The short film was released on May 30
Habib and Geeta are best friends. So are their mothers. They live next to each other and have an ostensibly warm, enduring relationship. Their neighborhood is fondly referred to as Mishel Para since Hindu and Muslim families have peacefully co-existed here for decades, uniquely immune to the rising religious tension elsewhere in the country, or so it seems.
As other neighborhoods grapple with violence and Hindu families are evicted from their ancestral homes, the underlying tension of the short film bubbles up to the surface and starts to adversely affect both Habib and Geeta’s families.
Directed and written by Saki Frazana, Chelemanushi (The Gray Line) depicts the possibility of sustainable communal harmony as a bleak prospect and rushes to transform Mishel Para from a sanctuary to a ravaged neighborhood.
The contract that was agreed upon by every member of the community to protect each other and to uphold the principle of religious harmony is quickly torn apart over a seemingly insignificant matter. Mishel Para breaks its own promise and comes crashing down.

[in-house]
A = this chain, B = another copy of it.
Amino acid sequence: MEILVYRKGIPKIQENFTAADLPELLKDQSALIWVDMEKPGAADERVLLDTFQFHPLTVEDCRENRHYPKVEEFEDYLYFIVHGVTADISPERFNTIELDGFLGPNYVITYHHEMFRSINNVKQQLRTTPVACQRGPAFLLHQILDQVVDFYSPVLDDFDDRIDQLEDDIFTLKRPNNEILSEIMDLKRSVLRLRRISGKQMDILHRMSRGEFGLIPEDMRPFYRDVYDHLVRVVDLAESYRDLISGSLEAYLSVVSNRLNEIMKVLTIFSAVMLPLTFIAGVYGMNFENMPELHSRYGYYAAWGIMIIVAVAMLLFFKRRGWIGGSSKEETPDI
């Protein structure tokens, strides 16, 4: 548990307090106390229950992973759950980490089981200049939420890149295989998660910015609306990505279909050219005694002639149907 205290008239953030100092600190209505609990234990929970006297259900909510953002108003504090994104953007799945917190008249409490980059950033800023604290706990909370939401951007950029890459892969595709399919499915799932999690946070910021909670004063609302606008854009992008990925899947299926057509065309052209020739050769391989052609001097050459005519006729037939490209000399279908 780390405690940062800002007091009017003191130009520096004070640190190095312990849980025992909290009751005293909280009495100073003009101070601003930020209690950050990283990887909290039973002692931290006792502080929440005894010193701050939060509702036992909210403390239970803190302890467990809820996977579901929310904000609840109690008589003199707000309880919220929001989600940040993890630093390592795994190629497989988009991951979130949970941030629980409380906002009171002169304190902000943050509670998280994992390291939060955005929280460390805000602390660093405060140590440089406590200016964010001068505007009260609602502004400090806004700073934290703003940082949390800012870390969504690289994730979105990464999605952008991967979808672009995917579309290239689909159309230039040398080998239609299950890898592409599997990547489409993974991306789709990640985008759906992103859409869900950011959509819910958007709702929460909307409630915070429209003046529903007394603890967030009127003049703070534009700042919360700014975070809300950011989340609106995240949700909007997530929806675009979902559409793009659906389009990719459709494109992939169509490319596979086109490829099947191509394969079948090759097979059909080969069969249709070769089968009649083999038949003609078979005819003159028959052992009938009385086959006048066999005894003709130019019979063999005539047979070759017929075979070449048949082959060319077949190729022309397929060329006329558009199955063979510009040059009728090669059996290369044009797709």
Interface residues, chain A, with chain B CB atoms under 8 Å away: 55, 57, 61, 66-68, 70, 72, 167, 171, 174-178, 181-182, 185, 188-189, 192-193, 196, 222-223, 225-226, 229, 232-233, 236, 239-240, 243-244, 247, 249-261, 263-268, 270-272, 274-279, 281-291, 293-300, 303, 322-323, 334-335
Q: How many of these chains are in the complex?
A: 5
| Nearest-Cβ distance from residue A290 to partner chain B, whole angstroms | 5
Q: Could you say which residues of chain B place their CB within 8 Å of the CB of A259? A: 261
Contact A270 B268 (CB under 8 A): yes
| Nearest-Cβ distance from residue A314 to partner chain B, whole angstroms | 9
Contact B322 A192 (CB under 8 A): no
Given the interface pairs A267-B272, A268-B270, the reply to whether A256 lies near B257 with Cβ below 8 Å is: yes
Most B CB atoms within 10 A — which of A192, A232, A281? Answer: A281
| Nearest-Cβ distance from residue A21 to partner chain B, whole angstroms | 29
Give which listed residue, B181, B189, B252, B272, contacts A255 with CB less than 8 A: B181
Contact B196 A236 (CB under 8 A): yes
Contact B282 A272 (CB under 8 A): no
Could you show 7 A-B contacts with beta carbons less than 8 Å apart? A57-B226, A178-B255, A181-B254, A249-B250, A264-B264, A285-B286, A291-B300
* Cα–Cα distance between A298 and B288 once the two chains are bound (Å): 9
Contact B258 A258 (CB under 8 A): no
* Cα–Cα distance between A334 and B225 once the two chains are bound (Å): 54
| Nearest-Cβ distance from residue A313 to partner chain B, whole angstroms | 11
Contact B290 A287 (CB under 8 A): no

Based on a short story by Manik Bandopadhyay, Chelemanushi is a well-acted, sure-handedly made short film. Film Scooter, a platform and creative community for new filmmakers and creative artists, released it on YouTube on Saturday.
One cannot help but wonder as to the heights the film could reach if only it had the confidence to adopt a ‘show, not tell’ approach, and faith in its audience to pick up the clues.
Nevertheless, Chelemanushi remains a worthwhile experiment given the seething religious tension in today’s Indian subcontinent and the destructive consequences of the 1947 partition.